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The GAG line, which as an acronym for Goal-A-Game, was a famous ice hockey line for the New York Rangers in the late 1960s and early 1970s, as these linemates averaged over 1 goal a game while playing together. It consisted of Jean Ratelle at center, Rod Gilbert on right wing and Vic Hadfield (also the Rangers team captain) on the left side.


In the 1971–72 NHL season, Ratelle, Hadfield, and Gilbert finished third, fourth, and fifth in league scoring, respectively. Ratelle had been leading the Boston Bruins' Phil Esposito in the scoring race, until Ratelle broke his ankle and was sidelined for a month. In the playoffs, they defeated the defending champions Montreal Canadiens, and last year's finalists Chicago Blackhawks, to reach the Stanley Cup Finals where they lost to the Boston Bruins.

The trio also started the Summit Series, but Hadfield failed to register a point in his 2 games, and he walked out on Team Canada when the series shifted to Moscow. Three other Canadian players also left the team as well, and the Canadian press at the time considered them "deserters". Hadfield blamed series promoter Alan Eagleson for not holding a press conference to come to their defense. Otherwise, there was no lasting animosity about the decision to leave, as Hadfield and the others had the full support and respect of the coaches adn teammates, and the four are welcomed members at alumni events. Hadfield's LW position was filled by Dennis Hull of the Chicago Blackhawks. [1]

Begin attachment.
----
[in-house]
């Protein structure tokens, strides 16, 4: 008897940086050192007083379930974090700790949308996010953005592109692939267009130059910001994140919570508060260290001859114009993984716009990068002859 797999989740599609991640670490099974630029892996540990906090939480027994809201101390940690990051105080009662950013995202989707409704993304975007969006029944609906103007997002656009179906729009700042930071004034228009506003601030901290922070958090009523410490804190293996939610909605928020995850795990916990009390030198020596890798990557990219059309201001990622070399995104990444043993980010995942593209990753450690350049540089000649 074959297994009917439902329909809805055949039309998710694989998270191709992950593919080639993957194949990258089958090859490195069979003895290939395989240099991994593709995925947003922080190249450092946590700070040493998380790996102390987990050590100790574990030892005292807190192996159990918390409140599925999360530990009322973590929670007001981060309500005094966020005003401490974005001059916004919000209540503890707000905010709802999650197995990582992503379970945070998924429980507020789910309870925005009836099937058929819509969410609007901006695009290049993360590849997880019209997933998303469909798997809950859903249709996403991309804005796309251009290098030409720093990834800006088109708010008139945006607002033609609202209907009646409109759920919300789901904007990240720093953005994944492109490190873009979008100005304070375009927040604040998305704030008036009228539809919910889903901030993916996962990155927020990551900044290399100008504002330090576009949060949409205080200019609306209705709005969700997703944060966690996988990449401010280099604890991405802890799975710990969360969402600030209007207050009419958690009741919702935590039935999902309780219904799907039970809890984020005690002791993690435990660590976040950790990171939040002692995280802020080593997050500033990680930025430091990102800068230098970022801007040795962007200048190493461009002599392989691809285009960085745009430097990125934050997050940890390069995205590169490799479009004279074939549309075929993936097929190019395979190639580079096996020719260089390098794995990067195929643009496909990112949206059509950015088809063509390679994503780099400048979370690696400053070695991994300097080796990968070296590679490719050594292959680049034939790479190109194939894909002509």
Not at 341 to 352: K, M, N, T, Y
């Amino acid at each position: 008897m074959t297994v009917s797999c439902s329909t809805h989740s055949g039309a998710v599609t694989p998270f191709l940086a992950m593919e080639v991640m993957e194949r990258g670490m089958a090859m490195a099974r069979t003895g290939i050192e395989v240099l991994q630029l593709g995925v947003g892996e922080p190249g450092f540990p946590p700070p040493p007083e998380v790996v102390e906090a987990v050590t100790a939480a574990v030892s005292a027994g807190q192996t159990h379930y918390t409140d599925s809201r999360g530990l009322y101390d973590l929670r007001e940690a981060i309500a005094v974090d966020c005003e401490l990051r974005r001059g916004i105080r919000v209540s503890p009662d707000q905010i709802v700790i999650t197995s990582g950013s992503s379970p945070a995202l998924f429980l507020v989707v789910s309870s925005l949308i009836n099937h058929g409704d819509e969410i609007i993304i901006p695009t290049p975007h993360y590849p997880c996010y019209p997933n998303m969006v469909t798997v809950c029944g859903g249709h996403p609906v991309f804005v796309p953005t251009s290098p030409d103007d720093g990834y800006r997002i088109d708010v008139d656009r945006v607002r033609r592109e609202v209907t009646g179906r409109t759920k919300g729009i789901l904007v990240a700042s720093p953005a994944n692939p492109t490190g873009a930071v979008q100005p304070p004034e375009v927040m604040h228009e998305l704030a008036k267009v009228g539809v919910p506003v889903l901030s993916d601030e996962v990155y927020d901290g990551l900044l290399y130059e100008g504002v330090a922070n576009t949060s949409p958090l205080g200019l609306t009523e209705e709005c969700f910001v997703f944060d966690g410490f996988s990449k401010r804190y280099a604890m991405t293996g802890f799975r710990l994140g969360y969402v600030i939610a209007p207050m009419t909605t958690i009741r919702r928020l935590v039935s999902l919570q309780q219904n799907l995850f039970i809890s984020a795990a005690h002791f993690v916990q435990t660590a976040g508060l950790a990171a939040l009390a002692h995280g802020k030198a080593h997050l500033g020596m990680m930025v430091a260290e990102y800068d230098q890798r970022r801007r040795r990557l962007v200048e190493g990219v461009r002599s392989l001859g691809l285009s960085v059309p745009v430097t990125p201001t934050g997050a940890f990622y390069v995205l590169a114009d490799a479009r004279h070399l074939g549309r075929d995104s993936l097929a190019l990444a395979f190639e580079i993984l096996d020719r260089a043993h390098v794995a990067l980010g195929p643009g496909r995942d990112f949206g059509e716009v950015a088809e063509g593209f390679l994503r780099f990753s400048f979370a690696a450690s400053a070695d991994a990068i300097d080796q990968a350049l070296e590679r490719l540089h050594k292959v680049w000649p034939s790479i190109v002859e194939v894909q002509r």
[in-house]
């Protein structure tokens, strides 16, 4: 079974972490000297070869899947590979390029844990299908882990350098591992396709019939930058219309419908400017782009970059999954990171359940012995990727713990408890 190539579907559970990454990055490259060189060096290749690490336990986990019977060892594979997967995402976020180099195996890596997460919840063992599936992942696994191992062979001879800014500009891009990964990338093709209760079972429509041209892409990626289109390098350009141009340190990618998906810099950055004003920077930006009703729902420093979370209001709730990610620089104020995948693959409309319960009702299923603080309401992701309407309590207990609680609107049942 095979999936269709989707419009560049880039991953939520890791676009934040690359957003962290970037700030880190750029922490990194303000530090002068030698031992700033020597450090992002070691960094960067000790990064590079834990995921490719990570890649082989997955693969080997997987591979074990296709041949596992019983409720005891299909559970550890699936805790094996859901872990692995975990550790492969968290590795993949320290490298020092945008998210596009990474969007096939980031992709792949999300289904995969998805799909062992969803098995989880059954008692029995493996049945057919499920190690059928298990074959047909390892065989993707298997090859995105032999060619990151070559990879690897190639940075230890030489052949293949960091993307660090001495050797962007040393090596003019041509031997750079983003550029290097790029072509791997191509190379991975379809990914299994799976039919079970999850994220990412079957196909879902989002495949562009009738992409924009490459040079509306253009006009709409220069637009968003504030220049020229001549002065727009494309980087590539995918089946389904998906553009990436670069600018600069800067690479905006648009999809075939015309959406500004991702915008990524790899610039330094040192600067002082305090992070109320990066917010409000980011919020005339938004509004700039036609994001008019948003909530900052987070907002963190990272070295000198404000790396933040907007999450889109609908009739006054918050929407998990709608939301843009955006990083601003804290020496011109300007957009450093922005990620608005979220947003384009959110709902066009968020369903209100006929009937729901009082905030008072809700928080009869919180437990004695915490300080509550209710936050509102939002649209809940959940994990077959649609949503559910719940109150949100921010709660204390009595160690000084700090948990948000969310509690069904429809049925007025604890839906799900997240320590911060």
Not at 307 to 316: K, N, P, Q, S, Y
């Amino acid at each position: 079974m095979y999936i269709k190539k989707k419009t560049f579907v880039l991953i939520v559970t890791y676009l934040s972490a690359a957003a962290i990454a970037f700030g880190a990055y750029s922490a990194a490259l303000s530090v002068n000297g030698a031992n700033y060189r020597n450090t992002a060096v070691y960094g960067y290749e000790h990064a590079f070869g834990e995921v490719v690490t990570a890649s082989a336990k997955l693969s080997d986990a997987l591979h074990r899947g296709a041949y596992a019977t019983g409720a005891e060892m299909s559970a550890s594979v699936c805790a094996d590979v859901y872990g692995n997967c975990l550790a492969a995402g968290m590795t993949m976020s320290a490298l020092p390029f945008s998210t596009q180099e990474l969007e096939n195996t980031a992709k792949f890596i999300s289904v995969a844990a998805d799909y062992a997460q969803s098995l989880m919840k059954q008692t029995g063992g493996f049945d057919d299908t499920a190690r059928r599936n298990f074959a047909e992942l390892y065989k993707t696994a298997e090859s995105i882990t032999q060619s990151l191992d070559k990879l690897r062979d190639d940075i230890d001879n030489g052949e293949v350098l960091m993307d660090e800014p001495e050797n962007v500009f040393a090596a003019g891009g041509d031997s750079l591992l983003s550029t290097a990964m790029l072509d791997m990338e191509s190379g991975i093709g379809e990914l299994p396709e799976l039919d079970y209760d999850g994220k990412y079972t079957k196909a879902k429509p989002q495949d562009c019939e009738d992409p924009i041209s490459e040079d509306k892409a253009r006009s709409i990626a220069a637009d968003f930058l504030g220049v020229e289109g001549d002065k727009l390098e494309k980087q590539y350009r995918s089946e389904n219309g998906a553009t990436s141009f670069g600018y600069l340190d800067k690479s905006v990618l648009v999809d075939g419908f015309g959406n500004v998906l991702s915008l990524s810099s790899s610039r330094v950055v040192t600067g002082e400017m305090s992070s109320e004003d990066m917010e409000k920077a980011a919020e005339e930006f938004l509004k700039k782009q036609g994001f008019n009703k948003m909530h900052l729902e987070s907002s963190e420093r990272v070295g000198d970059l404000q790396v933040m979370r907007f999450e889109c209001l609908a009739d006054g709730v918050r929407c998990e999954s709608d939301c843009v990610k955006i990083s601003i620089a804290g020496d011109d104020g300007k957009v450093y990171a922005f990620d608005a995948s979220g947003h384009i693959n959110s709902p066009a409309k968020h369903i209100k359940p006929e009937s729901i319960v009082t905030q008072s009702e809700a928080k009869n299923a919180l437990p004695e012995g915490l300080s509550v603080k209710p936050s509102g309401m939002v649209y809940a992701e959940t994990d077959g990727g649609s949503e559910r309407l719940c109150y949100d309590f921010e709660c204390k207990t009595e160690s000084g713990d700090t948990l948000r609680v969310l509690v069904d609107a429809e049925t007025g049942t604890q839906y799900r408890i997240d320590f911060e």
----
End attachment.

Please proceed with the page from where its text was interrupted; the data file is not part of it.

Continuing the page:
The line was broken up in 1974 when Vic Hadfield was traded to the Pittsburgh Penguins for Nick Beverley.

The following season Jean Ratelle was traded along with defenseman Brad Park and Joe Zanussi to the Boston Bruins in exchange for Carol Vadnais and Phil Esposito. At the time, this was considered the biggest blockbuster trade in NHL history.

Ratelle finished his career as a Bruin, winning his second Lady Byng trophy and reaching the Stanley Cup finals in 1976 and 1977.

Gilbert remained with the Rangers for the rest of his career but his last two seasons for Gilbert. Throughout his career,he had been wearing the number '7', but so had Phil Esposito. As a result, a bitter disagreement ensued as to who would retain the number '7'. Gilbert was the winner of the argument, but the two remained in a discord that created many unpleasant moments, on and off the ice. Gilbert's number '7' was subsequently retired by the Rangers.

Hadfield finished his career with the Penguins where he had two more 30 goal seasons.

Presently, Rod Gilbert writes a weekly column for a New York publication and resides in the Hamptons' quaint village of Sag Harbor.


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